PORT AUGUSTA HYBRID PLANT
Iberdrola, present in Australia with the world's first wind-solar hybrid plant
#onshore wind #photovoltaic energy #operating plants #Iberdrola International
The Port Augusta Renewable Energy Park (PAREP) is Iberdrola's first renewable energy complex in Australia. It is a hybrid wind-solar plant with a total installed capacity of 317 MW and is located about eight kilometres southeast of Port Augusta, in the state of South Australia, in the coastal region bordering the southern Flinders Ranges.
The hybrid wind-solar plant of Port Augusta - which was given the green light in 2019 - was completed in 2022 and combines wind and solar photovoltaic power generation, reaching a total installed capacity of 317 MW. The project consists of the installation of 50 wind turbines with unit capacity of 4.2 MW in a wind farm of 210 MW and a solar photovoltaic plant with 250,000 solar panels with an installed capacity of 107 MW. This installation makes it possible to take advantage of the high solar radiation generated in Port Augusta and the usual strong wind resource during the day (winds in this area are strongest in the afternoon hours).
The Iberdrola group began commissioning Port Augusta, its first hybrid wind-solar project in the world, in October 2022, after the facility was registered on the National Electricity Market by the Australian Energy Market Operator. With an investment of A$500 million, the project created 200 jobs during construction and involved a number of local and global suppliers. Spain's Elecnor, for example, was responsible for building the plant's substation, transmission line, storage areas and access roads.
The power generated is exported to the Davenport substation, approximately four kilometres from this new project, via a 275 KV connection.
The hybrid plant produces enough clean energy to supply the annual demand of 180,000 Australian households, helping to reduce consumer electricity prices and facilitate the decarbonisation of South Australia's economy. In addition, this initiative is an important support for the achievement of the goals of this Australian state, which hopes to achieve a 100% renewable energy system by 2030.
The friendly takeover bid for Australian renewable energy company Infigen Energy is a unique opportunity for Iberdrola to consolidate its presence in the Australian renewable energy market through a friendly transaction.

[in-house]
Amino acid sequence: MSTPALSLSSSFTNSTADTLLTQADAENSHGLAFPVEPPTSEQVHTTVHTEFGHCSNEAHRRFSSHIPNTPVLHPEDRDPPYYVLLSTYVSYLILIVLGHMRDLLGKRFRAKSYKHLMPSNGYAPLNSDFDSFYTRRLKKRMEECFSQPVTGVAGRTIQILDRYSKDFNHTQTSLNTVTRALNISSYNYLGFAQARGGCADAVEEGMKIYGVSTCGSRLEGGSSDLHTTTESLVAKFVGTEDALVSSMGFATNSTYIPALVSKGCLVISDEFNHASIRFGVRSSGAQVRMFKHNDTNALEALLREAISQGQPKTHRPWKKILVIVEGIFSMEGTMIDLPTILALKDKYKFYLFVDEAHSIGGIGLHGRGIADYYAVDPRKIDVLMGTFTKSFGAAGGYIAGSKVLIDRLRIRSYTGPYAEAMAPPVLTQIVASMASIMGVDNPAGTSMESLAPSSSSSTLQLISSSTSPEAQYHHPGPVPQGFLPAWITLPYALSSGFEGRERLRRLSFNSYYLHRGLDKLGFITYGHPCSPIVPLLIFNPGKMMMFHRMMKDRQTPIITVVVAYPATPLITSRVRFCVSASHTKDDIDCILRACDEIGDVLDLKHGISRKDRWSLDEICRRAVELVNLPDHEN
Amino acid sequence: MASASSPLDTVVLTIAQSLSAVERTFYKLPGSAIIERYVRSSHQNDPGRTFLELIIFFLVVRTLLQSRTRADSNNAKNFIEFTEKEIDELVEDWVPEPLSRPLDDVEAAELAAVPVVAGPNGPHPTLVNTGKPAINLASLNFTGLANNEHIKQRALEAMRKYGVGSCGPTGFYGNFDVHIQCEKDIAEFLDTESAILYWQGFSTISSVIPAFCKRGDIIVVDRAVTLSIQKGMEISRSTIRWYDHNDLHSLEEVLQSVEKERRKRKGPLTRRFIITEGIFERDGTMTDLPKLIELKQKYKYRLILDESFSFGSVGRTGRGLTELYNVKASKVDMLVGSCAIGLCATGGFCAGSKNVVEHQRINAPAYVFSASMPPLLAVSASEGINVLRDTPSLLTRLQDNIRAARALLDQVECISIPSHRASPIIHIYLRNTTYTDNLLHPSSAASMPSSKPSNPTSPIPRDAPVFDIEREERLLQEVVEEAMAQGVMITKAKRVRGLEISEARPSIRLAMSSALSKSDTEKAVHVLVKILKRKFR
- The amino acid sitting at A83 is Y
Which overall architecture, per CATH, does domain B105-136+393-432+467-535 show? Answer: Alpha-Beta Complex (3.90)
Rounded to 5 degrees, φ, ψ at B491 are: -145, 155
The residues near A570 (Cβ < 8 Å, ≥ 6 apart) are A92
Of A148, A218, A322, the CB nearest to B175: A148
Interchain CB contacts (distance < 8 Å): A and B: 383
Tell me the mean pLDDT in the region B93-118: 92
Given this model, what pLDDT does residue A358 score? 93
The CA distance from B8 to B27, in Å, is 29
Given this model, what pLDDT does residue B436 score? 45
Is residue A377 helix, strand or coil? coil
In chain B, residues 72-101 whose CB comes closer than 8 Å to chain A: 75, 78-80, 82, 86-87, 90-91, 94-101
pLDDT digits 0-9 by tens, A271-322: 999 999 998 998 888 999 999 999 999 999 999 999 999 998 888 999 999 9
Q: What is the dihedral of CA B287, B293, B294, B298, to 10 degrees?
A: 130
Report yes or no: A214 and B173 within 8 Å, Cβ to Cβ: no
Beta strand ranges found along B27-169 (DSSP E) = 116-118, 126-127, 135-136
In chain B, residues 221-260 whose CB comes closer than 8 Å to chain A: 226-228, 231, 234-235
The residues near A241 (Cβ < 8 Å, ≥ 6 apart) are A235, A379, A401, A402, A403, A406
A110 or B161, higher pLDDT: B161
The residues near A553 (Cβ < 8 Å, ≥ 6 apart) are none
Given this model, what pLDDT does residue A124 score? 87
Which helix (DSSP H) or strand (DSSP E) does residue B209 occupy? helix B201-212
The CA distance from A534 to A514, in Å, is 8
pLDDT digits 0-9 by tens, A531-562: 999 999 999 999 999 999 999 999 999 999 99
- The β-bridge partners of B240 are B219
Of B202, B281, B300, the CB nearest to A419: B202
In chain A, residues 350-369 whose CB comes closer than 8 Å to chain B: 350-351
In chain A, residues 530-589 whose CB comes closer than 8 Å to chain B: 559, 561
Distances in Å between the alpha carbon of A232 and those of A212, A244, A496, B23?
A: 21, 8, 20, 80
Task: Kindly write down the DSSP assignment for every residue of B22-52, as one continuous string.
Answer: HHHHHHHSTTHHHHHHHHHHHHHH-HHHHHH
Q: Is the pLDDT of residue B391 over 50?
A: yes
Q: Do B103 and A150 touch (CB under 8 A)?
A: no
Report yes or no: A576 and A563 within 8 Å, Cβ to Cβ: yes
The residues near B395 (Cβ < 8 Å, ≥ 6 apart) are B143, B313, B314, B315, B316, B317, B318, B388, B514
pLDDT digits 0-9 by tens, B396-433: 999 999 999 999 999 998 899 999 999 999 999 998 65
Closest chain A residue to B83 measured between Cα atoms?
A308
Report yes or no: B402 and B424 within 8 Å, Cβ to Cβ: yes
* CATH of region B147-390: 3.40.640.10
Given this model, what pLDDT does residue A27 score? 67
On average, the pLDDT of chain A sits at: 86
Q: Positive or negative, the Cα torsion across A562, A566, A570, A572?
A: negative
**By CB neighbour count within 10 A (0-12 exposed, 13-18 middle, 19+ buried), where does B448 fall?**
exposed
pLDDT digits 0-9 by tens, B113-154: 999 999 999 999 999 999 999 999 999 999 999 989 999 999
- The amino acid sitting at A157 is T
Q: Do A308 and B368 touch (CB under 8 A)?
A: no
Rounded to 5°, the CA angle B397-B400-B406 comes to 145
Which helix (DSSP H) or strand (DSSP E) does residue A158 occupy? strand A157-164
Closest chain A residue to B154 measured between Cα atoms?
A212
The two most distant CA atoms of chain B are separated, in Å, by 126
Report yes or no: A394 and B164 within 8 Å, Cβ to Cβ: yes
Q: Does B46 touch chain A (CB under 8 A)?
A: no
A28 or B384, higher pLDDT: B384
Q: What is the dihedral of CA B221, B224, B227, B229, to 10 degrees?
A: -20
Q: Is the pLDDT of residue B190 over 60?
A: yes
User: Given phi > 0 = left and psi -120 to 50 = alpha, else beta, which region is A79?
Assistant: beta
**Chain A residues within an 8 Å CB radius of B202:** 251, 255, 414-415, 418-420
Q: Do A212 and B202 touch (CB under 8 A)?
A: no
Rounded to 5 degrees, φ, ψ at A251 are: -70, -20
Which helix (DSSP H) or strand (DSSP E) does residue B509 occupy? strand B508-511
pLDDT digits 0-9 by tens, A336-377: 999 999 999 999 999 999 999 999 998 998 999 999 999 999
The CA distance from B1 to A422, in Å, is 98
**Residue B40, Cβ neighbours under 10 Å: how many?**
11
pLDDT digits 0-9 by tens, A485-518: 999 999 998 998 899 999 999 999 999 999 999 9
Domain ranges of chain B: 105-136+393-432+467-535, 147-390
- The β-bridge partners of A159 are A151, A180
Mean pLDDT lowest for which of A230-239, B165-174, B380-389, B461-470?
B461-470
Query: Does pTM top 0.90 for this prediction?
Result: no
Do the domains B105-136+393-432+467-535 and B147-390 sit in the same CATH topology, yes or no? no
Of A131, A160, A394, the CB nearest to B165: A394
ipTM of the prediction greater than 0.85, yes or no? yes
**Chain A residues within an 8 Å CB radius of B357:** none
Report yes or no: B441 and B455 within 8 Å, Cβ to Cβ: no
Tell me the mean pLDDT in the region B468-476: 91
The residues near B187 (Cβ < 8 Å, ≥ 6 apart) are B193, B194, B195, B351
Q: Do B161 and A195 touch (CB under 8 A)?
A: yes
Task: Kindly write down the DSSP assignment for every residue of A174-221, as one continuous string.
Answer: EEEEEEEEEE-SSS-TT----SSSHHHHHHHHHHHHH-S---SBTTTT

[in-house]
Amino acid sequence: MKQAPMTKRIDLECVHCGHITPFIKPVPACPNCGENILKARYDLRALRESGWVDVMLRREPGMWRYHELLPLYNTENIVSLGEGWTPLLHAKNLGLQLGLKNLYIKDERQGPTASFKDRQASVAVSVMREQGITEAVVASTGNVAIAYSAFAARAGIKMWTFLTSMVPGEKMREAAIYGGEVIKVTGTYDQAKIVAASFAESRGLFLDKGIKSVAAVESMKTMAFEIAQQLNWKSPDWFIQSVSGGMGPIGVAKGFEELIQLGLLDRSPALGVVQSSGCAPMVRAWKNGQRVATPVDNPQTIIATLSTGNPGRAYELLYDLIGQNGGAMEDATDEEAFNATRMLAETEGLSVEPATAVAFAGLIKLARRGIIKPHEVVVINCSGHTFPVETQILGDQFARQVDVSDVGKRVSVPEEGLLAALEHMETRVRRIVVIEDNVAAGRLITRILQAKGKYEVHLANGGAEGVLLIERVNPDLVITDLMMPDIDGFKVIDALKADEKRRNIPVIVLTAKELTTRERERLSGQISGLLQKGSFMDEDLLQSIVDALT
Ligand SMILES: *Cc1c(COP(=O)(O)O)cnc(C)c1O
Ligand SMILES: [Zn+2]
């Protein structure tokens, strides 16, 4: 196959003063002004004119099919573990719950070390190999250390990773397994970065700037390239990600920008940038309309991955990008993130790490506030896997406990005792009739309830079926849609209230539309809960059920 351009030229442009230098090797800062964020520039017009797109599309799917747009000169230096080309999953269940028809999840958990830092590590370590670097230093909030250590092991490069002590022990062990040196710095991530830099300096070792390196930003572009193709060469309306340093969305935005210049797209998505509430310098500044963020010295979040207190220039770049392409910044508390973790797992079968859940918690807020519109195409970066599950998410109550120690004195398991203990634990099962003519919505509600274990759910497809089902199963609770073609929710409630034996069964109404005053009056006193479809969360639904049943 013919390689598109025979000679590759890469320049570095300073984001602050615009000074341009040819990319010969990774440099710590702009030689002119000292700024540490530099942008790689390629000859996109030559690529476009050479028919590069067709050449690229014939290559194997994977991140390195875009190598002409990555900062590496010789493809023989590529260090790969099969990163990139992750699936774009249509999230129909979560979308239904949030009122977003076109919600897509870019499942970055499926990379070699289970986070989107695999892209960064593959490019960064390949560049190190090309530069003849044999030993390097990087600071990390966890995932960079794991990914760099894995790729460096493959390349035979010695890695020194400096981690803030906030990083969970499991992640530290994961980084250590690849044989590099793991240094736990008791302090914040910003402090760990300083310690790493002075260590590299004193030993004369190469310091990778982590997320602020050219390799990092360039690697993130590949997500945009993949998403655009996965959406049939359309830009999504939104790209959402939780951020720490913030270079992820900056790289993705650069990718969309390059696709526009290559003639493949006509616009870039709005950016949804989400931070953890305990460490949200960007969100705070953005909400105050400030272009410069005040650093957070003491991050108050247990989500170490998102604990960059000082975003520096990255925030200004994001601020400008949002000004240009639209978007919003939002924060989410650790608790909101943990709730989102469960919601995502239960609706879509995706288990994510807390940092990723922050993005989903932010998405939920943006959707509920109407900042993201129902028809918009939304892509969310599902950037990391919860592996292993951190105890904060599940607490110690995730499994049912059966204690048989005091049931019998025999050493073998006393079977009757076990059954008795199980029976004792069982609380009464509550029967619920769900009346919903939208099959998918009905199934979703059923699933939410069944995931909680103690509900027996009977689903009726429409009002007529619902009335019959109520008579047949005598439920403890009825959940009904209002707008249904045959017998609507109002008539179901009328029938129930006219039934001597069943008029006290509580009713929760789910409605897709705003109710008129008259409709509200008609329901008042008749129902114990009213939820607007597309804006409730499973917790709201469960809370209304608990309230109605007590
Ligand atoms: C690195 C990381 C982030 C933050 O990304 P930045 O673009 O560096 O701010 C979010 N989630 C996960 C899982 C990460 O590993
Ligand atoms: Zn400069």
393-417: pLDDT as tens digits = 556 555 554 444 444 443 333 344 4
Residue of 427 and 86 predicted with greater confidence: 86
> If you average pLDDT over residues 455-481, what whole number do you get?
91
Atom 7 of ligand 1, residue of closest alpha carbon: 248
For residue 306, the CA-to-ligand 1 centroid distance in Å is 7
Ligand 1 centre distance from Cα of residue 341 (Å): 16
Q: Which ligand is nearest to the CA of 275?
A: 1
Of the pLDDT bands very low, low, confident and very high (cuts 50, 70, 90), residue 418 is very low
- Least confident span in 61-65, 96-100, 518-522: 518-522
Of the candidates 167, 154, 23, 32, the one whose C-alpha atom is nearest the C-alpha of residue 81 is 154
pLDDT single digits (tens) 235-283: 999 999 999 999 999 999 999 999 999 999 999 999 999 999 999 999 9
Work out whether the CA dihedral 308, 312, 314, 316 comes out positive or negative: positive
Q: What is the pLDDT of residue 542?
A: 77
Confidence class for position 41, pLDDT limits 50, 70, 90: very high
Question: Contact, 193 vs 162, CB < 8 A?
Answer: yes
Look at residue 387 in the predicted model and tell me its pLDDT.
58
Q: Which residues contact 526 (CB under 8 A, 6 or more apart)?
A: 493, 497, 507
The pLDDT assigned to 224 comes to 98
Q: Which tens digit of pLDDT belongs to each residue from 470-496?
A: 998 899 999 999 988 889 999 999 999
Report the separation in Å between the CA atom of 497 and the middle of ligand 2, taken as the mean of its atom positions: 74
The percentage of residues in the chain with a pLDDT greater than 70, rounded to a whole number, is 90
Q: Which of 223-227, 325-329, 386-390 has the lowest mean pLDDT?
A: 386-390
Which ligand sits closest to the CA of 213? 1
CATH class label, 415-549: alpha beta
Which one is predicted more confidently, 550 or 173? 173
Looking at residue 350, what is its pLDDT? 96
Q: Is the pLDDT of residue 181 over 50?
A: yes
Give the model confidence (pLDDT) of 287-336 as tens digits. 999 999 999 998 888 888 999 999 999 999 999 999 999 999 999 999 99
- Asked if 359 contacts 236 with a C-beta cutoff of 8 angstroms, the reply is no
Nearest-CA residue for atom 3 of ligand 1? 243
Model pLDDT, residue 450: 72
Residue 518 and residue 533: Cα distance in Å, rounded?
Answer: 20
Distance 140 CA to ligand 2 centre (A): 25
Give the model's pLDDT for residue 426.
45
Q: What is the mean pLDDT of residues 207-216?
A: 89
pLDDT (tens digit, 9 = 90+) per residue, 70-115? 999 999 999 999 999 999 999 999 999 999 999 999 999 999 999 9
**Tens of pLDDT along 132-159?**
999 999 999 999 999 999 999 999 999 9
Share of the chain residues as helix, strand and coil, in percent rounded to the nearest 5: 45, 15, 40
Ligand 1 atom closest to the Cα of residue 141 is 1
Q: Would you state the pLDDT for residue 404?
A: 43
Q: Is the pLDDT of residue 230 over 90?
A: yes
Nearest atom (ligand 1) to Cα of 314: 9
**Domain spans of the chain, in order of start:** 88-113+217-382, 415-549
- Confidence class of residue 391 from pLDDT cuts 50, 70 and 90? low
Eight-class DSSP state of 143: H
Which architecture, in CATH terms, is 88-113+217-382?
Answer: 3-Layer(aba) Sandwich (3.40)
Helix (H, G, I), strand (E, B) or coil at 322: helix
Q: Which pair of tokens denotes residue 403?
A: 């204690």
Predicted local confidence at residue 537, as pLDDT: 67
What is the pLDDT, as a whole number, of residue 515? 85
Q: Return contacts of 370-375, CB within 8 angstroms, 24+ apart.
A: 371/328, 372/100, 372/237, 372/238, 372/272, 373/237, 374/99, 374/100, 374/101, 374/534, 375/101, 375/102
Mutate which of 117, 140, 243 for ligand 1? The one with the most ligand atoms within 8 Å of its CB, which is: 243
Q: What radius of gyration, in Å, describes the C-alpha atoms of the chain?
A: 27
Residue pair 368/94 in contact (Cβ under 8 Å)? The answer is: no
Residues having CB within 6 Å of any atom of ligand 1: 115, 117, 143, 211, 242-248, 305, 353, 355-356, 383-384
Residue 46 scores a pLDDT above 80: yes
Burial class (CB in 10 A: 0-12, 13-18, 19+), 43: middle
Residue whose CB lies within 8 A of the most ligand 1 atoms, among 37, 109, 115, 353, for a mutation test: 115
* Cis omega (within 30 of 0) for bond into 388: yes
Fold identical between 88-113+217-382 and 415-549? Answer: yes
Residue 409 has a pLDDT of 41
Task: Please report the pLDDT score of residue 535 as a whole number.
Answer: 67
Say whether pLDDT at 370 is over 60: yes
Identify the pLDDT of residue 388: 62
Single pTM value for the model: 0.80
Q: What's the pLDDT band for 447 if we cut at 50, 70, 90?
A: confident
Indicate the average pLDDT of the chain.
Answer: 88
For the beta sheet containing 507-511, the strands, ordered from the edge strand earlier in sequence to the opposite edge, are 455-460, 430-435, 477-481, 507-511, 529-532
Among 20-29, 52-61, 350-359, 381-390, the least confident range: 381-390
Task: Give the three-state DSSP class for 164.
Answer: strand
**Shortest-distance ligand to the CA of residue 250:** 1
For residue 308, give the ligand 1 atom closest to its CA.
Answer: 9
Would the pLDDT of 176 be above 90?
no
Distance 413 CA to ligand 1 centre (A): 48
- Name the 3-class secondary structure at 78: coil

Learn how hybrid plants work.
Port Augusta project.
- Wind resource: the wind resource in the area is favoured by the thermal difference between the land and the sea. This generates a constant coastal wind that defines the energy production profile in this area: a regular peak in the early afternoon, in line with the time when electricity demand is highest. In summer, the maximum peak of wind power generation is achieved, as this is when the temperature difference between the land and the sea is greatest, coinciding with the highest electricity demand.
- Solar resource: the solar resource makes it possible to practically flatten the hybrid production curve between ten in the morning and four in the afternoon.
This hybrid production, which combines wind and solar energy, results in a generation profile that peaks in the morning and early afternoon. The effect is strongest in summer, during the hottest and most energy-intensive months.
IBERDROLA, WORLD LEADER IN RENEWABLE ENERGIES
At Iberdrola, we decided to commit to renewable energies more than two decades ago as a fundamental pillar on which to build our safe, clean and competitive business model. Thanks to this vision, we are today world leaders in renewable energies, reaching 40,344 MW of renewable energy in operation by the end of the first quarter of 2023.
This commitment is reflected in our record investment plan of €47 billion in the period 2023-2025, of which we will allocate 17,000 million euros to the renewables business. With these investments, we will increase our installed renewable capacity by 12,100 MW to 52,000 MW by 2025 —6,300 MW of photovoltaic, 3,100 MW of onshore wind, 1,800 MW of offshore, 700 MW of batteries and 200 MW of hydro.